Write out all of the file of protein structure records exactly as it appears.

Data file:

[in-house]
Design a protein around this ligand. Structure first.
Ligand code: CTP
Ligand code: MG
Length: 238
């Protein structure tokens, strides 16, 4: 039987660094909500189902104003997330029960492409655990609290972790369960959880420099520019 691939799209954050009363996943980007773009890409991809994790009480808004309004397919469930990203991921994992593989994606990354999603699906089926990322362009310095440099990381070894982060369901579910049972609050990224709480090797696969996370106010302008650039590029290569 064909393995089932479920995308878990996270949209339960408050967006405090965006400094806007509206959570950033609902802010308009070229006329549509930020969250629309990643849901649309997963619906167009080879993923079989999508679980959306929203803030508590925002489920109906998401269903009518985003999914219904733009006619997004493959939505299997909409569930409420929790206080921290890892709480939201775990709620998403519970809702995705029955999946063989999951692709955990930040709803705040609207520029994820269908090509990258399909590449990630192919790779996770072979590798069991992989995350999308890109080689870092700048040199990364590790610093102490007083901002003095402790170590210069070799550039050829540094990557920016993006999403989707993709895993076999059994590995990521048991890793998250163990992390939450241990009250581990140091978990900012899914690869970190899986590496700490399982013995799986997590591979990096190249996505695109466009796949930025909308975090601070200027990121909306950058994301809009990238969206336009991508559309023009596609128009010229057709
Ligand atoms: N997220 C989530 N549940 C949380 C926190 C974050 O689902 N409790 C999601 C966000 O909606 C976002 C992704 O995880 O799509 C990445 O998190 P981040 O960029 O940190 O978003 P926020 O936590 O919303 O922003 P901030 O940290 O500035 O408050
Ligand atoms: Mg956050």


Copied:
[in-house]
Design a protein around this ligand. Structure first.
Ligand code: CTP
Ligand code: MG
Length: 238
């Protein structure tokens, strides 16, 4: 039987660094909500189902104003997330029960492409655990609290972790369960959880420099520019 691939799209954050009363996943980007773009890409991809994790009480808004309004397919469930990203991921994992593989994606990354999603699906089926990322362009310095440099990381070894982060369901579910049972609050990224709480090797696969996370106010302008650039590029290569 064909393995089932479920995308878990996270949209339960408050967006405090965006400094806007509206959570950033609902802010308009070229006329549509930020969250629309990643849901649309997963619906167009080879993923079989999508679980959306929203803030508590925002489920109906998401269903009518985003999914219904733009006619997004493959939505299997909409569930409420929790206080921290890892709480939201775990709620998403519970809702995705029955999946063989999951692709955990930040709803705040609207520029994820269908090509990258399909590449990630192919790779996770072979590798069991992989995350999308890109080689870092700048040199990364590790610093102490007083901002003095402790170590210069070799550039050829540094990557920016993006999403989707993709895993076999059994590995990521048991890793998250163990992390939450241990009250581990140091978990900012899914690869970190899986590496700490399982013995799986997590591979990096190249996505695109466009796949930025909308975090601070200027990121909306950058994301809009990238969206336009991508559309023009596609128009010229057709
Ligand atoms: N997220 C989530 N549940 C949380 C926190 C974050 O689902 N409790 C999601 C966000 O909606 C976002 C992704 O995880 O799509 C990445 O998190 P981040 O960029 O940190 O978003 P926020 O936590 O919303 O922003 P901030 O940290 O500035 O408050
Ligand atoms: Mg956050």